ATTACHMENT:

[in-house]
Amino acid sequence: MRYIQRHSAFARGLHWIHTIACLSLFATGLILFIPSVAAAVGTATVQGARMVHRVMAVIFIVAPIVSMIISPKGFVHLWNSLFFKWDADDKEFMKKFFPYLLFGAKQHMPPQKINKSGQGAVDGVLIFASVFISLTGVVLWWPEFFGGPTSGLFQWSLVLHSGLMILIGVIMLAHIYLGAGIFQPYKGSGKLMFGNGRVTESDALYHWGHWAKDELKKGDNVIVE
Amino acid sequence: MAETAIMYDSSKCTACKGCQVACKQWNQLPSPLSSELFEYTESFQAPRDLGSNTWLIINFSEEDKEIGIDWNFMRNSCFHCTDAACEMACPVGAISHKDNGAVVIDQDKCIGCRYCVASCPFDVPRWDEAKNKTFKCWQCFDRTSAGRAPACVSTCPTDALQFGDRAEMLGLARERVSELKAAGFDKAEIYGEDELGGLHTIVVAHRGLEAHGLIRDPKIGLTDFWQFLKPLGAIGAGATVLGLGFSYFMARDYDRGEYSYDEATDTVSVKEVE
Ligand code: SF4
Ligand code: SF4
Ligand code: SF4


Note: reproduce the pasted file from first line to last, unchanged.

[in-house]
Amino acid sequence: MRYIQRHSAFARGLHWIHTIACLSLFATGLILFIPSVAAAVGTATVQGARMVHRVMAVIFIVAPIVSMIISPKGFVHLWNSLFFKWDADDKEFMKKFFPYLLFGAKQHMPPQKINKSGQGAVDGVLIFASVFISLTGVVLWWPEFFGGPTSGLFQWSLVLHSGLMILIGVIMLAHIYLGAGIFQPYKGSGKLMFGNGRVTESDALYHWGHWAKDELKKGDNVIVE
Amino acid sequence: MAETAIMYDSSKCTACKGCQVACKQWNQLPSPLSSELFEYTESFQAPRDLGSNTWLIINFSEEDKEIGIDWNFMRNSCFHCTDAACEMACPVGAISHKDNGAVVIDQDKCIGCRYCVASCPFDVPRWDEAKNKTFKCWQCFDRTSAGRAPACVSTCPTDALQFGDRAEMLGLARERVSELKAAGFDKAEIYGEDELGGLHTIVVAHRGLEAHGLIRDPKIGLTDFWQFLKPLGAIGAGATVLGLGFSYFMARDYDRGEYSYDEATDTVSVKEVE
Ligand code: SF4
Ligand code: SF4
Ligand code: SF4